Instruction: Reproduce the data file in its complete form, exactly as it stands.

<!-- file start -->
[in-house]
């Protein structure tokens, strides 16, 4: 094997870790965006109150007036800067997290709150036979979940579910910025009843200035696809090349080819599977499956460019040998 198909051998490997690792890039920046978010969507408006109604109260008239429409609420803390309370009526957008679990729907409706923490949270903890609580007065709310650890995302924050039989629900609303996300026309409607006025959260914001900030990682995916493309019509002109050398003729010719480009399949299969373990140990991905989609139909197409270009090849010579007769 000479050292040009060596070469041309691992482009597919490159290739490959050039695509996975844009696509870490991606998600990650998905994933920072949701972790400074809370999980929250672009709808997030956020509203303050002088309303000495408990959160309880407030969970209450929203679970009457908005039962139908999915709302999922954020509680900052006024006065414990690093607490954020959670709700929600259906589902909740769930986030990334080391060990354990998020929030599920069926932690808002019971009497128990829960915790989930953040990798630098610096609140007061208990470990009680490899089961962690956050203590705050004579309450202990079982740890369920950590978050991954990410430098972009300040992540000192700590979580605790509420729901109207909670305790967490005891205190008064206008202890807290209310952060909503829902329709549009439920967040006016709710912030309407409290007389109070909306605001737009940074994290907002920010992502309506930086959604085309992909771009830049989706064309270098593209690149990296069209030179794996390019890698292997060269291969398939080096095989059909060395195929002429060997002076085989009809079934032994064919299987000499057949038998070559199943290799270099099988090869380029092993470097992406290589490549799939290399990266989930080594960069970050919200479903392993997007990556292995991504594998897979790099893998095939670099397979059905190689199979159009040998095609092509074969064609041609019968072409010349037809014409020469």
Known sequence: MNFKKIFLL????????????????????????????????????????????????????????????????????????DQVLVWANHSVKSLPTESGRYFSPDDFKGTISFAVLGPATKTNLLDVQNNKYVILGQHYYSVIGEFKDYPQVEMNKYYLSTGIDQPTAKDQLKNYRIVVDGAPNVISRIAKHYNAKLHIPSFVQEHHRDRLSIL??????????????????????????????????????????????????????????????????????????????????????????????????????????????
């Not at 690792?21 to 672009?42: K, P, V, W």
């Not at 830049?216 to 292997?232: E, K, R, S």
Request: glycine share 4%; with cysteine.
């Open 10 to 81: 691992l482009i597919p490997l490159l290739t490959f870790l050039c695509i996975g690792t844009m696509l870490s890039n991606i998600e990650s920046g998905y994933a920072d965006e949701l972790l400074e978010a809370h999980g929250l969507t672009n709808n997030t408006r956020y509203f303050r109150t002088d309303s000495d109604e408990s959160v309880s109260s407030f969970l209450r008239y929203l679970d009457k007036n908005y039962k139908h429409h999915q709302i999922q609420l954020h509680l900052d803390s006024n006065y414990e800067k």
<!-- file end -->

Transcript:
[in-house]
């Protein structure tokens, strides 16, 4: 094997870790965006109150007036800067997290709150036979979940579910910025009843200035696809090349080819599977499956460019040998 198909051998490997690792890039920046978010969507408006109604109260008239429409609420803390309370009526957008679990729907409706923490949270903890609580007065709310650890995302924050039989629900609303996300026309409607006025959260914001900030990682995916493309019509002109050398003729010719480009399949299969373990140990991905989609139909197409270009090849010579007769 000479050292040009060596070469041309691992482009597919490159290739490959050039695509996975844009696509870490991606998600990650998905994933920072949701972790400074809370999980929250672009709808997030956020509203303050002088309303000495408990959160309880407030969970209450929203679970009457908005039962139908999915709302999922954020509680900052006024006065414990690093607490954020959670709700929600259906589902909740769930986030990334080391060990354990998020929030599920069926932690808002019971009497128990829960915790989930953040990798630098610096609140007061208990470990009680490899089961962690956050203590705050004579309450202990079982740890369920950590978050991954990410430098972009300040992540000192700590979580605790509420729901109207909670305790967490005891205190008064206008202890807290209310952060909503829902329709549009439920967040006016709710912030309407409290007389109070909306605001737009940074994290907002920010992502309506930086959604085309992909771009830049989706064309270098593209690149990296069209030179794996390019890698292997060269291969398939080096095989059909060395195929002429060997002076085989009809079934032994064919299987000499057949038998070559199943290799270099099988090869380029092993470097992406290589490549799939290399990266989930080594960069970050919200479903392993997007990556292995991504594998897979790099893998095939670099397979059905190689199979159009040998095609092509074969064609041609019968072409010349037809014409020469």
Known sequence: MNFKKIFLL????????????????????????????????????????????????????????????????????????DQVLVWANHSVKSLPTESGRYFSPDDFKGTISFAVLGPATKTNLLDVQNNKYVILGQHYYSVIGEFKDYPQVEMNKYYLSTGIDQPTAKDQLKNYRIVVDGAPNVISRIAKHYNAKLHIPSFVQEHHRDRLSIL??????????????????????????????????????????????????????????????????????????????????????????????????????????????
């Not at 690792?21 to 672009?42: K, P, V, W």
């Not at 830049?216 to 292997?232: E, K, R, S």
Request: glycine share 4%; with cysteine.
């Open 10 to 81: 691992l482009i597919p490997l490159l290739t490959f870790l050039c695509i996975g690792t844009m696509l870490s890039n991606i998600e990650s920046g998905y994933a920072d965006e949701l972790l400074e978010a809370h999980g929250l969507t672009n709808n997030t408006r956020y509203f303050r109150t002088d309303s000495d109604e408990s959160v309880s109260s407030f969970l209450r008239y929203l679970d009457k007036n908005y039962k139908h429409h999915q709302i999922q609420l954020h509680l900052d803390s006024n006065y414990e800067k």